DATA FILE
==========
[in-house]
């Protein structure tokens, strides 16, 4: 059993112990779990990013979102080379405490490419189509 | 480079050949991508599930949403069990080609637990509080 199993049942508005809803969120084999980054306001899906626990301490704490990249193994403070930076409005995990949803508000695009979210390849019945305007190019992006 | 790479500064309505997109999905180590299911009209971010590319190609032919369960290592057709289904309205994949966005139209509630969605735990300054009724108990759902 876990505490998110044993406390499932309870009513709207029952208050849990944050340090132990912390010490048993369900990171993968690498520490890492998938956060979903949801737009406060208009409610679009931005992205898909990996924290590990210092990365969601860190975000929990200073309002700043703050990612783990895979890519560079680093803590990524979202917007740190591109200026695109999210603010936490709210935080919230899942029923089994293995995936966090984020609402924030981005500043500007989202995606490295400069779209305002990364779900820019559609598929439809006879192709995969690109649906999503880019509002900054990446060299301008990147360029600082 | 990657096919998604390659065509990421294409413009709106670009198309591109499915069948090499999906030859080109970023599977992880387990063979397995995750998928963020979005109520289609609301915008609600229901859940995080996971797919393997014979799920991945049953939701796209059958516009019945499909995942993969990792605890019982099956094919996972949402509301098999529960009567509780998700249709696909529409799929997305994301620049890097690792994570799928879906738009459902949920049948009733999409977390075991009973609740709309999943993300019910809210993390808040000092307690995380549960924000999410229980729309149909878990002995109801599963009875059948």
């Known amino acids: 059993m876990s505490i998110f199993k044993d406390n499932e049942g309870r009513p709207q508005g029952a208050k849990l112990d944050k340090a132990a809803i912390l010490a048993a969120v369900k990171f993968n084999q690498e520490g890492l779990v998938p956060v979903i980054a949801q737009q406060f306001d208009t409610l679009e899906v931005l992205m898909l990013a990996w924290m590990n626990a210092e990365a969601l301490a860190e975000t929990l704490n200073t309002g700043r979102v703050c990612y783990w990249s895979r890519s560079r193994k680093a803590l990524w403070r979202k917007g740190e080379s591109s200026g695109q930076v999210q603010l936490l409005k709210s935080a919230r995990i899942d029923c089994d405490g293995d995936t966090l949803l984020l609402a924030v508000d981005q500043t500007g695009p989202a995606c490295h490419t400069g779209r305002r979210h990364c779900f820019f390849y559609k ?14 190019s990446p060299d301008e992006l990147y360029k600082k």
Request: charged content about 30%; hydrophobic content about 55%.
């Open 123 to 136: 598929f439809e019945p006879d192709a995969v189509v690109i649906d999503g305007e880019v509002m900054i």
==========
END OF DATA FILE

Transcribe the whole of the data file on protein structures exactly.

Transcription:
[in-house]
């Protein structure tokens, strides 16, 4: 059993112990779990990013979102080379405490490419189509 | 480079050949991508599930949403069990080609637990509080 199993049942508005809803969120084999980054306001899906626990301490704490990249193994403070930076409005995990949803508000695009979210390849019945305007190019992006 | 790479500064309505997109999905180590299911009209971010590319190609032919369960290592057709289904309205994949966005139209509630969605735990300054009724108990759902 876990505490998110044993406390499932309870009513709207029952208050849990944050340090132990912390010490048993369900990171993968690498520490890492998938956060979903949801737009406060208009409610679009931005992205898909990996924290590990210092990365969601860190975000929990200073309002700043703050990612783990895979890519560079680093803590990524979202917007740190591109200026695109999210603010936490709210935080919230899942029923089994293995995936966090984020609402924030981005500043500007989202995606490295400069779209305002990364779900820019559609598929439809006879192709995969690109649906999503880019509002900054990446060299301008990147360029600082 | 990657096919998604390659065509990421294409413009709106670009198309591109499915069948090499999906030859080109970023599977992880387990063979397995995750998928963020979005109520289609609301915008609600229901859940995080996971797919393997014979799920991945049953939701796209059958516009019945499909995942993969990792605890019982099956094919996972949402509301098999529960009567509780998700249709696909529409799929997305994301620049890097690792994570799928879906738009459902949920049948009733999409977390075991009973609740709309999943993300019910809210993390808040000092307690995380549960924000999410229980729309149909878990002995109801599963009875059948």
């Known amino acids: 059993m876990s505490i998110f199993k044993d406390n499932e049942g309870r009513p709207q508005g029952a208050k849990l112990d944050k340090a132990a809803i912390l010490a048993a969120v369900k990171f993968n084999q690498e520490g890492l779990v998938p956060v979903i980054a949801q737009q406060f306001d208009t409610l679009e899906v931005l992205m898909l990013a990996w924290m590990n626990a210092e990365a969601l301490a860190e975000t929990l704490n200073t309002g700043r979102v703050c990612y783990w990249s895979r890519s560079r193994k680093a803590l990524w403070r979202k917007g740190e080379s591109s200026g695109q930076v999210q603010l936490l409005k709210s935080a919230r995990i899942d029923c089994d405490g293995d995936t966090l949803l984020l609402a924030v508000d981005q500043t500007g695009p989202a995606c490295h490419t400069g779209r305002r979210h990364c779900f820019f390849y559609k ?14 190019s990446p060299d301008e992006l990147y360029k600082k």
Request: charged content about 30%; hydrophobic content about 55%.
């Open 123 to 136: 598929f439809e019945p006879d192709a995969v189509v690109i649906d999503g305007e880019v509002m900054i």